Denver, Colo., July 10, 2018 (GLOBE NEWSWIRE) — Research has shown that children of color are more likely to succeed when they have a teacher of the same race. Yet Native American children are much more likely to have a white teacher than a Native teacher. To promote Native children’s positive educational trajectory, in April the American Indian College Fund announced its launch of a new “For the Wisdom of the Children: Strengthening Teacher of the Color Pipeline” Early Childhood Education (ECE) Science, Technology, Engineering, and Mathematics (STEM) Initiative, funded by a two-year, $1.5 million grant from the W.K. Kellogg Foundation. Today the College Fund is announcing it has chosen the five following tribal colleges and universities (TCUs) to help grow the numbers of Native teachers in American Indian communities through teacher education and training, and to create culturally based community partner programs with educators and parents through the grant.
Fond du Lac Tribal and Community College (FDLTCC) in Cloquet, Minnesota will receive funding for its program titled Minogi’aawaso Maajigii (Raise Children in a Good Way as They Grow) to develop an associate of science early childhood education degree program focused on its emergent bilingual program. The program will increase parent involvement, support faculty development, and work with partner programs.
Keweenaw Bay Ojibwa Community College (KBOCC) in Baraga, Michigan
will receive funding for its Gimaadaadizimin (We All Start a Journey) program to strengthen the teacher education pipeline of Native teachers and teachers of color. KBOCC’s community learning model is the guiding framework for teacher development, outreach, and outcomes to place teachers in community programs. The program will implement a mentor and coach system to support development of teachers; create a community of learner’s model focused on building relationships and partnerships; disseminate the program plan by conference to reach more than 100 teachers; and implement culturally based work in the subject matter areas of family science, math, and engineering to engage with students and families in STEM activities.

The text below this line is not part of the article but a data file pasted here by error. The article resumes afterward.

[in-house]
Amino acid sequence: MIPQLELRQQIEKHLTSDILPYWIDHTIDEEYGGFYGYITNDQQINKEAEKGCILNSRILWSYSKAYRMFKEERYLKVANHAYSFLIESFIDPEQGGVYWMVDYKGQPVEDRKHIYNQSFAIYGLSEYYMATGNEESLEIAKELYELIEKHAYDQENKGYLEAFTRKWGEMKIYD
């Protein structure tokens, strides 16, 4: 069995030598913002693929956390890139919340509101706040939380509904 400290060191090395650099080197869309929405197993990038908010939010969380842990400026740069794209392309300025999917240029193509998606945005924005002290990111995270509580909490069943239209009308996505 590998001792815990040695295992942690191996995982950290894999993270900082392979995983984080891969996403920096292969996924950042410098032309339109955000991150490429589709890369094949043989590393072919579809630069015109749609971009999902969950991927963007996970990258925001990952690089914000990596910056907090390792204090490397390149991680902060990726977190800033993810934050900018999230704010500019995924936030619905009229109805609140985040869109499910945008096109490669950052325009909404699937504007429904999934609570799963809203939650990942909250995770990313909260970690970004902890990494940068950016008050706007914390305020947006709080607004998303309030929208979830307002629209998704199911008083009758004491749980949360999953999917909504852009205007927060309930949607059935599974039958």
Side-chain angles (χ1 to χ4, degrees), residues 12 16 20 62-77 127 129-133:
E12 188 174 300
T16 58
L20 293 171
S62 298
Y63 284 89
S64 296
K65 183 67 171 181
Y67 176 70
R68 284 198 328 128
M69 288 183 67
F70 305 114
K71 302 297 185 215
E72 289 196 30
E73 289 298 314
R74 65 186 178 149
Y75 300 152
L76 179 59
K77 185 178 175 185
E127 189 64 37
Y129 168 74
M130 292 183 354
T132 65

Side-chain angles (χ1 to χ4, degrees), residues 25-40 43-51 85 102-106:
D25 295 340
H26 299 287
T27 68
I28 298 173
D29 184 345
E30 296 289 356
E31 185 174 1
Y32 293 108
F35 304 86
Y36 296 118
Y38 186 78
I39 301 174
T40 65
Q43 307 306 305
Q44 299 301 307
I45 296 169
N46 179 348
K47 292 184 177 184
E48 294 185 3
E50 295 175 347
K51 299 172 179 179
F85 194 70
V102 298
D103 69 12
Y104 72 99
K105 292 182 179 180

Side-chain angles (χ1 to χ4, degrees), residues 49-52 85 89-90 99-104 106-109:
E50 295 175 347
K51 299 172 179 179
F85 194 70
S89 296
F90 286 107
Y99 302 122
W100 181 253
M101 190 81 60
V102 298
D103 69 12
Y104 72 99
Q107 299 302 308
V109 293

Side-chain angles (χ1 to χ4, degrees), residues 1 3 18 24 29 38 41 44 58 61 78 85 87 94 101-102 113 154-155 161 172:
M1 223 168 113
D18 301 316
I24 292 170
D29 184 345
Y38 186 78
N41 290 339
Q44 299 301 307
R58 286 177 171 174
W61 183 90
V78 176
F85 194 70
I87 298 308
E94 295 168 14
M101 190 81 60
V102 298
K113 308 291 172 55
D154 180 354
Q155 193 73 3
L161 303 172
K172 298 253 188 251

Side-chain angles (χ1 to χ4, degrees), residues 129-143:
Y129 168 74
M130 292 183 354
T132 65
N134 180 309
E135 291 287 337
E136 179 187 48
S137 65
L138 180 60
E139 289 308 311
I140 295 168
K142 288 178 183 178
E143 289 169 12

Northwest Indian College (NWIC) in Bellingham, Washington will receive funding for its program titled Engaging Native Children in Science, Technology, Engineering, and Math (STEM): What Our X’epy (Cedar People) and Scha’nexw (Salmon people) Can Teach Us about the World and Cosmology. The program will develop math, science, and technology courses for all associate of arts degree-seeking students at the institution. In addition, the college will build on the strength of its associate of science degree-transfer program and technology and will integrate outdoor learning spaces and Lummi culture/language connections by building upon its existing work.
Salish Kootenai College (SKC) in Pablo, Montana will receive funding for its Our People’s Timeline: Community STEM Education, Season by Season. The program is based on the concept that Indigenous STEM education is seamless and includes connections to SKC’s surroundings both in and outside of the classroom. The project timeline is guided by the seasons. SKC’s work will shed light on each area of the STEM fields